Yes, Roger did tell me that he was kicked out as many or more times than Rick was.

Here I am now, called back for the last time before they shut the shop for good and gave me all the rubbish that they were finished with.
So, I'm now retired and trying to save it all from rusting away.

I recall walking into what I imagined was a big enough jewellers and asked, do you need a watchmaker?
He said, "son come upstairs". I followed to see a room the size of a dance hall. He said, "I employed eighteen watchmakers to sit here. Now I send all the work from twelve shops to one watchmaker to do at home". Would you like to manage this bathroom sized shop down near the beach for me? You can do the watch repairs, jewellery repairs and have your morning tea, all in this room the floor space of a clothes dryer.
By the way, this above was in 1982.
My dad at his busiest around 2012 to 2013 was doing the work for 150 stores. He'd have me come in on the weekends to handle all his mechanical watches. So I spent my Saturdays breaking down and running wrist and pocket watches through the cleaning machine. I'd also do small repairs like staffs or stems and crowns, the occasional hairspring straighten. At the time my dad was employing three other full time watchmakers. I certainly didn't mind the extra cash I was making, although I was doing just fine with my tech job.

My dad inherited the business from my grandfather in 1980 and ran it with him until my grandfather passed in the mid 90s. Now at 78, my father needed to retire due to my mother's failing health. So after over 40 years of running the most well known jewelry store in our hometown, he finally closed the doors. He kept all the major production tools like the automated cleaning machine and plans to do the work of around 5 stores in his retirement for the extra money.

I still have the book that Henry Fried wrote that I learned from. I also learned the two different schools of thought when it came to watch repair: Speed versus quality. Now that I'm not under the gun to get repairs and cleanings completed within a single day, I plan to focus entirely on quality. I want to make this a hobby that I enjoy, not something with people breathing down my neck like my dad dealt with for 40 years. I only plan to work on watches that belong to me. I will miss the large inventory of watch parts he had since he sold them all off. I probably could have found the bronze roller table I've been looking for.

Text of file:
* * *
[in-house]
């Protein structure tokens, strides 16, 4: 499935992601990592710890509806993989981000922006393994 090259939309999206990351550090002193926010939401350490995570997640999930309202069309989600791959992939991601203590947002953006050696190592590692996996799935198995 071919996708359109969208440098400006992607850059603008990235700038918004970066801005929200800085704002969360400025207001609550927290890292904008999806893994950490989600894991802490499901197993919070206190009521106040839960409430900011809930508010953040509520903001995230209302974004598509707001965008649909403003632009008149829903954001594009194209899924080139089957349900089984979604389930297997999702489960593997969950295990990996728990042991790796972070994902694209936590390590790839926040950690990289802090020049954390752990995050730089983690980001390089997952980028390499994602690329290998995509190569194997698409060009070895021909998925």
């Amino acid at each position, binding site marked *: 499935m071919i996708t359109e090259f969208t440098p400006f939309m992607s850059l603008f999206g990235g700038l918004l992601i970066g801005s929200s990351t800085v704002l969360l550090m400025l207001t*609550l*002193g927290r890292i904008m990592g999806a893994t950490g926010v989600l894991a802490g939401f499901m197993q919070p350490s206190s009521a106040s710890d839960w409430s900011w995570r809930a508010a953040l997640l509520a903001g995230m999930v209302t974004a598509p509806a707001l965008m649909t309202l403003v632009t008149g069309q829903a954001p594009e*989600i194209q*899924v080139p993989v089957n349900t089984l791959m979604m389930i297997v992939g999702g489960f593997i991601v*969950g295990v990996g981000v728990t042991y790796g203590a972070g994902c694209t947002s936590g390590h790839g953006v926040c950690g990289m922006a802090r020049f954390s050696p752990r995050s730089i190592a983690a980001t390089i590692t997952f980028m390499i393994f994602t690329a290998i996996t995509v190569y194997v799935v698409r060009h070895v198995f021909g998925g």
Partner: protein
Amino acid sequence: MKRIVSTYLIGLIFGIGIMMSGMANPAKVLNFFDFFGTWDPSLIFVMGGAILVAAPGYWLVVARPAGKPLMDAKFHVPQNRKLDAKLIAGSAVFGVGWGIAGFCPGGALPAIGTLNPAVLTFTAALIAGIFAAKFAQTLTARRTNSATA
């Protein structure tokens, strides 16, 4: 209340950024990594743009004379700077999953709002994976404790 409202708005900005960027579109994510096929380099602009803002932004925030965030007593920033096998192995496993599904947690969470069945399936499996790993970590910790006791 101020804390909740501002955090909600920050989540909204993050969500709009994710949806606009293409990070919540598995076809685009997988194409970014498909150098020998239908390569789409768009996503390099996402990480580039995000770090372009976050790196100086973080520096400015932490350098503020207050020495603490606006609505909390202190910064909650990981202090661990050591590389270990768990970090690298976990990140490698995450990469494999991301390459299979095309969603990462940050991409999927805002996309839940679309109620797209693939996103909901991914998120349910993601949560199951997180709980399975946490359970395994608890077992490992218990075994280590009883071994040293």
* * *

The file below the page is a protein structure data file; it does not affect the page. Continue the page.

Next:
On a different note, I have noticed that the price of pocket watches on ebay have grown considerably. Heck, I've been looking around for a replacement upper balance jewel for a fairly high-end swiss chronograph pocketwatch that I've had for years, and I did find someone with the part. Except he wants like $350 for the case, dial, and a handful of parts from the movement. No complete or partial movement, just a handful of parts. He wasn't enthused with just selling me the balance cock, and I wasn't enthused with spending $350 for a gunmetal case, dial, and handful of parts. I guess those particular watches have a lot of value, even if it's just the case, dial, and a handful of parts. I'm not gonna say anything bad about him in case he's on this forum (if you're reading this, come on bro, sell me the balance jewels!). I'm sure the case and dial are worth a ton, except my watch already has those.

As a side note, I did try to pursue this career as a professional in the mid 90s. Actually went into a high-end jewelery store in Boston with some of my sample pieces that I had restored and got an interview. The interview consisted of this dude telling me he had no use for me since I wasn't Swiss certified. To early twenties me, the idea of flying off to Switzerland and studying swiss watch repair was like booking a ticket to the moon in terms of cost and time. It would have been a fantastic experience, but not one I could afford. Today that store has been out of business for at least a decade I think. Take that for crushing my dreams at the time!